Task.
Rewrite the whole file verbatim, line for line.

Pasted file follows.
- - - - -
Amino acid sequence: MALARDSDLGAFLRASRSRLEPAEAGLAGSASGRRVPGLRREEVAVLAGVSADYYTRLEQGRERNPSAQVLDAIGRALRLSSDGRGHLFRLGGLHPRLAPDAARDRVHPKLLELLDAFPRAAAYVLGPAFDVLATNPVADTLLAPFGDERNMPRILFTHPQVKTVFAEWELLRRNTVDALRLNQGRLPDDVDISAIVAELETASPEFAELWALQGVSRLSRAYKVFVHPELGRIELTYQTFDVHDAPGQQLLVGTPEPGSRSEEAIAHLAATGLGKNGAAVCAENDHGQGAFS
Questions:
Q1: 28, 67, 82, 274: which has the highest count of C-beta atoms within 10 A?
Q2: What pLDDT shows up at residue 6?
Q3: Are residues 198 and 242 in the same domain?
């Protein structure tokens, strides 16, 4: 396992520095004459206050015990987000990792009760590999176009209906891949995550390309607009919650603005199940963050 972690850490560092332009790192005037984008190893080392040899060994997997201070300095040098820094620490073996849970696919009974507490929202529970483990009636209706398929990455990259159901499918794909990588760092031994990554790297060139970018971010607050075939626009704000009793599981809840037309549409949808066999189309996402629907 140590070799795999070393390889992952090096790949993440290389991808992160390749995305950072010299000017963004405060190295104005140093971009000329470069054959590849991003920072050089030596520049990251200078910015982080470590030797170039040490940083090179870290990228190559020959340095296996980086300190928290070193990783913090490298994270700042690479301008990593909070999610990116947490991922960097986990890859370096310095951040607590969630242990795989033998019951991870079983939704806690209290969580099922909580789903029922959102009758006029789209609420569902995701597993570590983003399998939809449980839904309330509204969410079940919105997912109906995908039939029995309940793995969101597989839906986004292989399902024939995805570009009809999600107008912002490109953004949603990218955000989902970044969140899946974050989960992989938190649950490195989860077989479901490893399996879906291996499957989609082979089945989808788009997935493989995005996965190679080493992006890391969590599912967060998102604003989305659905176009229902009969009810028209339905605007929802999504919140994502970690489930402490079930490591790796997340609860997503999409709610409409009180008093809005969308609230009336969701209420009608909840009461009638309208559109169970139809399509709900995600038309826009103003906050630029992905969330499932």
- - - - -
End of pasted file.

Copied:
Amino acid sequence: MALARDSDLGAFLRASRSRLEPAEAGLAGSASGRRVPGLRREEVAVLAGVSADYYTRLEQGRERNPSAQVLDAIGRALRLSSDGRGHLFRLGGLHPRLAPDAARDRVHPKLLELLDAFPRAAAYVLGPAFDVLATNPVADTLLAPFGDERNMPRILFTHPQVKTVFAEWELLRRNTVDALRLNQGRLPDDVDISAIVAELETASPEFAELWALQGVSRLSRAYKVFVHPELGRIELTYQTFDVHDAPGQQLLVGTPEPGSRSEEAIAHLAATGLGKNGAAVCAENDHGQGAFS
Questions:
Q1: 28, 67, 82, 274: which has the highest count of C-beta atoms within 10 A?
Q2: What pLDDT shows up at residue 6?
Q3: Are residues 198 and 242 in the same domain?
């Protein structure tokens, strides 16, 4: 396992520095004459206050015990987000990792009760590999176009209906891949995550390309607009919650603005199940963050 972690850490560092332009790192005037984008190893080392040899060994997997201070300095040098820094620490073996849970696919009974507490929202529970483990009636209706398929990455990259159901499918794909990588760092031994990554790297060139970018971010607050075939626009704000009793599981809840037309549409949808066999189309996402629907 140590070799795999070393390889992952090096790949993440290389991808992160390749995305950072010299000017963004405060190295104005140093971009000329470069054959590849991003920072050089030596520049990251200078910015982080470590030797170039040490940083090179870290990228190559020959340095296996980086300190928290070193990783913090490298994270700042690479301008990593909070999610990116947490991922960097986990890859370096310095951040607590969630242990795989033998019951991870079983939704806690209290969580099922909580789903029922959102009758006029789209609420569902995701597993570590983003399998939809449980839904309330509204969410079940919105997912109906995908039939029995309940793995969101597989839906986004292989399902024939995805570009009809999600107008912002490109953004949603990218955000989902970044969140899946974050989960992989938190649950490195989860077989479901490893399996879906291996499957989609082979089945989808788009997935493989995005996965190679080493992006890391969590599912967060998102604003989305659905176009229902009969009810028209339905605007929802999504919140994502970690489930402490079930490591790796997340609860997503999409709610409409009180008093809005969308609230009336969701209420009608909840009461009638309208559109169970139809399509709900995600038309826009103003906050630029992905969330499932």